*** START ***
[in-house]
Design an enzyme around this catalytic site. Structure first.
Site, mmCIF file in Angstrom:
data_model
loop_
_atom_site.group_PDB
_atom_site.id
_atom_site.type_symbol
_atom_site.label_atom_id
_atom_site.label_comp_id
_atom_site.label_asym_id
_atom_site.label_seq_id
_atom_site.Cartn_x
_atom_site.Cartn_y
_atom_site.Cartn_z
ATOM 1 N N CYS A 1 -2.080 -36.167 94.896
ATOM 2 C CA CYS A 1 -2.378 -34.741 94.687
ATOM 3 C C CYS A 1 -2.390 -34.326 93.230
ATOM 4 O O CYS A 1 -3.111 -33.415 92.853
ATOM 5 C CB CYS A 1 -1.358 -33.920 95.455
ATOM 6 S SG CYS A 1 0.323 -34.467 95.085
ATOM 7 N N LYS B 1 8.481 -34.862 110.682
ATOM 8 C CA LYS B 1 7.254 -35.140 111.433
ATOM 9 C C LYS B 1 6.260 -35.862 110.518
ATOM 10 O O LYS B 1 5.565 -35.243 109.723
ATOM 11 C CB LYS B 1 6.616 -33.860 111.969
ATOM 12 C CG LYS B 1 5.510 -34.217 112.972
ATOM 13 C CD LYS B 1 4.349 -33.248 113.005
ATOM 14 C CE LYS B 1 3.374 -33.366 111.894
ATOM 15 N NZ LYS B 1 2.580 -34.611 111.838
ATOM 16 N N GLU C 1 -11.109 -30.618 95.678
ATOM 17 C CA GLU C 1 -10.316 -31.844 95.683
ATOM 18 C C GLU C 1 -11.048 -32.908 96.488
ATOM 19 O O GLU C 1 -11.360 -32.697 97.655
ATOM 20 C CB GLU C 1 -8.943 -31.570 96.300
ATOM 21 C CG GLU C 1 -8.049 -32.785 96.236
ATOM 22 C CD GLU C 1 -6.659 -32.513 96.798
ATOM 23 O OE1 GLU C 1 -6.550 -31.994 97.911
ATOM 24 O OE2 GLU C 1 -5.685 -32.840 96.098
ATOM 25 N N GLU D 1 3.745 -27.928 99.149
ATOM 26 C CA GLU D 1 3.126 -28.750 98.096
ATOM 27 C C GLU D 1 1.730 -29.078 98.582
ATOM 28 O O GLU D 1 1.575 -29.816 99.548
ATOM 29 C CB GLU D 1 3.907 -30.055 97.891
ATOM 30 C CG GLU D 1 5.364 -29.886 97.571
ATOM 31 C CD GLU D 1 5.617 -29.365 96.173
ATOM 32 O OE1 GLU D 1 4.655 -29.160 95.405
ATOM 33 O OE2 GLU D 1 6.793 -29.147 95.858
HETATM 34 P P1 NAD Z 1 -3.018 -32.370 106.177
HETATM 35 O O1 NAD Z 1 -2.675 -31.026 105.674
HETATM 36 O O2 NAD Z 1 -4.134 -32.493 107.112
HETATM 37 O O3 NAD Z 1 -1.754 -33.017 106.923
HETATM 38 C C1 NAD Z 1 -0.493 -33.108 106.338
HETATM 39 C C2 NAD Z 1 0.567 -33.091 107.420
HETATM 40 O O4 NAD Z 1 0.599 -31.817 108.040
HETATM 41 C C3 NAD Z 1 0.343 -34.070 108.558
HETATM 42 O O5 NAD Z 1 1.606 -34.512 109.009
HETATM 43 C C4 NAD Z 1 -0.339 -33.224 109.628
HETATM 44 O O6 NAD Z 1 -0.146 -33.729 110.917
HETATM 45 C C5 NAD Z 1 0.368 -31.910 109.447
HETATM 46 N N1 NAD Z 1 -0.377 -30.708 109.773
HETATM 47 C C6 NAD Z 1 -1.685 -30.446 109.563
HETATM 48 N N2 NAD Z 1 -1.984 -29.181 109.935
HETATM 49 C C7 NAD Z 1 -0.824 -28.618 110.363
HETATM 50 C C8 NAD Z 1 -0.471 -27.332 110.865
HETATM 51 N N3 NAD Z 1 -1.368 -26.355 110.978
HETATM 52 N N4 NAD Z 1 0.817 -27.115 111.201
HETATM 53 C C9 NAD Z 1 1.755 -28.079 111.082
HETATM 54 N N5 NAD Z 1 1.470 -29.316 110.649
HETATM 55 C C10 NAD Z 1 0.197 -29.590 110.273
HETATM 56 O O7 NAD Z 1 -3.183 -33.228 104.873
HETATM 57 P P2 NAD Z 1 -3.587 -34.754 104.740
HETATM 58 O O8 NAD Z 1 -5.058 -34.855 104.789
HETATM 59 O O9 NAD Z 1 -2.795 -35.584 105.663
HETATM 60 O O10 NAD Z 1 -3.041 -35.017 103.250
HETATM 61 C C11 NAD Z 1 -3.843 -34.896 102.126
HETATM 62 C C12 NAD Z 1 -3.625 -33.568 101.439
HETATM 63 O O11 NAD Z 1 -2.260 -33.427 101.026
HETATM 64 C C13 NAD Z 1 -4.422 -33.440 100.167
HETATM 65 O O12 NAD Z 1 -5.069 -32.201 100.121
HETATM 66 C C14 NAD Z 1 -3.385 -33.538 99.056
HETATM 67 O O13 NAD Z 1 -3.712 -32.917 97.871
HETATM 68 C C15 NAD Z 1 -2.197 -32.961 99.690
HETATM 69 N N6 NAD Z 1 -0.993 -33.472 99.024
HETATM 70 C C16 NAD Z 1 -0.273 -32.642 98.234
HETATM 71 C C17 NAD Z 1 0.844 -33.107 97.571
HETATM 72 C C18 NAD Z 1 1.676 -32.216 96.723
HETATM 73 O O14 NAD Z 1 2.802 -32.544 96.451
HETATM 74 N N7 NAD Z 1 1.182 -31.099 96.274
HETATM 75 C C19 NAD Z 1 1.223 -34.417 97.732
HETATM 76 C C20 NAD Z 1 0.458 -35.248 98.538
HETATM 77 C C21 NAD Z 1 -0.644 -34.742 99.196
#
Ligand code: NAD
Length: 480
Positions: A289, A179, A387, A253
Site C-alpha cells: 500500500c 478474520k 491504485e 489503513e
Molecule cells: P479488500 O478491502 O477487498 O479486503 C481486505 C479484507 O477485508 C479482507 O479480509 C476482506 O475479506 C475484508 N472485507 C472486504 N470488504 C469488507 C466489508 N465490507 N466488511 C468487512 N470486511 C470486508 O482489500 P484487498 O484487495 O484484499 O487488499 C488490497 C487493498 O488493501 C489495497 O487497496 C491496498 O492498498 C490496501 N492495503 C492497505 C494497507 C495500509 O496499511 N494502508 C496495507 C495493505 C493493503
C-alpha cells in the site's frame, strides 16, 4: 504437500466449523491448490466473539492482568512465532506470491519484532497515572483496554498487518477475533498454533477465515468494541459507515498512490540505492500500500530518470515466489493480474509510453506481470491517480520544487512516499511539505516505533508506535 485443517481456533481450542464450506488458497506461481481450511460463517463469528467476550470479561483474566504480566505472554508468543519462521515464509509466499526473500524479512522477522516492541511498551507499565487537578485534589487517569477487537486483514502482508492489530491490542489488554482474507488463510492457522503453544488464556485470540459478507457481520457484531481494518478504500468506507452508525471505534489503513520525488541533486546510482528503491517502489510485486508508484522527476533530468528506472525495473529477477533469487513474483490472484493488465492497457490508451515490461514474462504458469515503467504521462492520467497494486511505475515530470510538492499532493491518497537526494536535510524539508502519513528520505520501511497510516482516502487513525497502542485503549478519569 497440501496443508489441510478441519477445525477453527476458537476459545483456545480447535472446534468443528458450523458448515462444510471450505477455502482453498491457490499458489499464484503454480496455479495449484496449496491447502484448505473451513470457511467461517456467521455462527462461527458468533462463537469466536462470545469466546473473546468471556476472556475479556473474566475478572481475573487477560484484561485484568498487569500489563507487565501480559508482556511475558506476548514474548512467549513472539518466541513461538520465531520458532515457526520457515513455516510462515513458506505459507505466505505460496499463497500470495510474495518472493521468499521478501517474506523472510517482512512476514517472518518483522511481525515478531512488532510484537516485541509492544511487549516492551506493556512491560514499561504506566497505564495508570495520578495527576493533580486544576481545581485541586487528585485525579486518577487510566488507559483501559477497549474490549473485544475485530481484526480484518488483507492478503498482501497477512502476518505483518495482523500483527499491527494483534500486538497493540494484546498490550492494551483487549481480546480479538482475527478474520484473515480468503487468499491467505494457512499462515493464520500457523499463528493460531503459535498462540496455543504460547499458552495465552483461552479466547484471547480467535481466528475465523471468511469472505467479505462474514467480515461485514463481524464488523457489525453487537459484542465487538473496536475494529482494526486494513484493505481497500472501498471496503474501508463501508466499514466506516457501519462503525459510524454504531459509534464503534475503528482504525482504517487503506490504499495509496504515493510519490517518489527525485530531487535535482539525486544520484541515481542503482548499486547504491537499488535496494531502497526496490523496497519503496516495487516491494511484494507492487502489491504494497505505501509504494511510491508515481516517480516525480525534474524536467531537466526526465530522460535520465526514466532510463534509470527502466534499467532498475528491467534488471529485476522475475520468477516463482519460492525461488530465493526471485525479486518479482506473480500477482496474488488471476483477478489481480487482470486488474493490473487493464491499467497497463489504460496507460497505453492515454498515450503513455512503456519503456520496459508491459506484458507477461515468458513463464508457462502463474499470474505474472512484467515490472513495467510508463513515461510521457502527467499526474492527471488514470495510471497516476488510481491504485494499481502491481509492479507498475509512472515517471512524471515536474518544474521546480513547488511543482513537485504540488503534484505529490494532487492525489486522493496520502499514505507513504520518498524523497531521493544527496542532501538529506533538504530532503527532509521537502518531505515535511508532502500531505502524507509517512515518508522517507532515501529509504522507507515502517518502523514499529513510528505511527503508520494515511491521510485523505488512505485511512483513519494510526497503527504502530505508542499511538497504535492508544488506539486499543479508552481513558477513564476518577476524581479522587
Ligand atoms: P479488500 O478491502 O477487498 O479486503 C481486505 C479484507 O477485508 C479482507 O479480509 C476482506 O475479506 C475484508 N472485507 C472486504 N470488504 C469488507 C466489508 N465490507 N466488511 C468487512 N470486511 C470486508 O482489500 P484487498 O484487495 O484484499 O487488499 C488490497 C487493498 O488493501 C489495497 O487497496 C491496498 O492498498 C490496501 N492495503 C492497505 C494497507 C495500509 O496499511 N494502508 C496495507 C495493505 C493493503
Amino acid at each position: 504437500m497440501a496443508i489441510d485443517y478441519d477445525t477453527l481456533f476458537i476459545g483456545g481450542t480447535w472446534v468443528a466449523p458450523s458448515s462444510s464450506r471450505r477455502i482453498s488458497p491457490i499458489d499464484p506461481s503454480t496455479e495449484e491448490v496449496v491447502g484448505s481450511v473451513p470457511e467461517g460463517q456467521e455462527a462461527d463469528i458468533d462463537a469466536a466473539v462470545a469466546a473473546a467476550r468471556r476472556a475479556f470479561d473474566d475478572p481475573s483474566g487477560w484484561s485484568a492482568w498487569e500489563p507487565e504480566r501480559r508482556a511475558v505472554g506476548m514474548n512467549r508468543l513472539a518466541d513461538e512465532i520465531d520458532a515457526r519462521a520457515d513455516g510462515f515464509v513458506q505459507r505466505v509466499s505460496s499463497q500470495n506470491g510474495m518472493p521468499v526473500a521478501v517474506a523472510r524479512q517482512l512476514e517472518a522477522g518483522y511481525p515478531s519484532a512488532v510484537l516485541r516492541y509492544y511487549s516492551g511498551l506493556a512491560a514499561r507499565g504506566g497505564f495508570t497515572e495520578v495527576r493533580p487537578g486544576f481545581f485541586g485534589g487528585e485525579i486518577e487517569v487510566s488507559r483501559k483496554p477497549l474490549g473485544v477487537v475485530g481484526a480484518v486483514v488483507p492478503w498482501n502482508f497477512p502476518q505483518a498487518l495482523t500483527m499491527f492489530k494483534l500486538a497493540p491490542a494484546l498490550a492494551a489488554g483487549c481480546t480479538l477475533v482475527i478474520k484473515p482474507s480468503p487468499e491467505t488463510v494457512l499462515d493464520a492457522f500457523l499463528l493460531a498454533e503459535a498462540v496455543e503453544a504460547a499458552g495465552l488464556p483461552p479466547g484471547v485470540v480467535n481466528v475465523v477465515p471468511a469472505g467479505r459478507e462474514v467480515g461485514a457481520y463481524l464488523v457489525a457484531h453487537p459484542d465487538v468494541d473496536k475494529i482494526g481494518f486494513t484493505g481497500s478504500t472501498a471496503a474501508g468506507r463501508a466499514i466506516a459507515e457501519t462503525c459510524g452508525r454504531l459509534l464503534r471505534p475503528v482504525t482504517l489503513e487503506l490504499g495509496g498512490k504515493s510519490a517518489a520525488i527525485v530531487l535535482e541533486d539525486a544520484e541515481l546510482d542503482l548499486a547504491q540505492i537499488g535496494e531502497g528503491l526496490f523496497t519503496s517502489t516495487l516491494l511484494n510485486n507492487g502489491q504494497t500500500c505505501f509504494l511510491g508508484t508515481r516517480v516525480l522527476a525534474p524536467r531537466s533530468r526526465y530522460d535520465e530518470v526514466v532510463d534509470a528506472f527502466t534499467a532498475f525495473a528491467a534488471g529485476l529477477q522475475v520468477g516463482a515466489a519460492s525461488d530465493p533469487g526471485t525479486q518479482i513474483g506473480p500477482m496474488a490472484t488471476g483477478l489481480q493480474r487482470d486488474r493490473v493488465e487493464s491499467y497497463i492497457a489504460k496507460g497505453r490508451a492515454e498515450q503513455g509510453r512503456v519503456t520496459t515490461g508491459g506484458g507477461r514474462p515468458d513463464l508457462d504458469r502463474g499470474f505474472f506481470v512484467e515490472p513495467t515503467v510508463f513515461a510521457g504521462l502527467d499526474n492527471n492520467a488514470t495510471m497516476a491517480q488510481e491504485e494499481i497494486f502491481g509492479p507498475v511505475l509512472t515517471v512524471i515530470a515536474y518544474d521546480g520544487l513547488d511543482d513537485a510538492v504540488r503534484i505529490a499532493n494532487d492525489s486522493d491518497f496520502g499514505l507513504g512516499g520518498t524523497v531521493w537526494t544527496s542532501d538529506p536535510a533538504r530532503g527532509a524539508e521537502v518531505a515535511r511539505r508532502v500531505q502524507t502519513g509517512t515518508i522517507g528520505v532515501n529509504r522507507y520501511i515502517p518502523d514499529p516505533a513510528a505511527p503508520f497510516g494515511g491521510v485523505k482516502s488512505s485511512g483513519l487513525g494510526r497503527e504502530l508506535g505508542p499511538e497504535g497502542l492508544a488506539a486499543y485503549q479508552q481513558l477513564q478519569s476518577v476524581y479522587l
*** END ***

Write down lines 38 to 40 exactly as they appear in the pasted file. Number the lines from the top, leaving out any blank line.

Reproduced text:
ATOM 23 O OE1 GLU C 1 -6.550 -31.994 97.911
ATOM 24 O OE2 GLU C 1 -5.685 -32.840 96.098
ATOM 25 N N GLU D 1 3.745 -27.928 99.149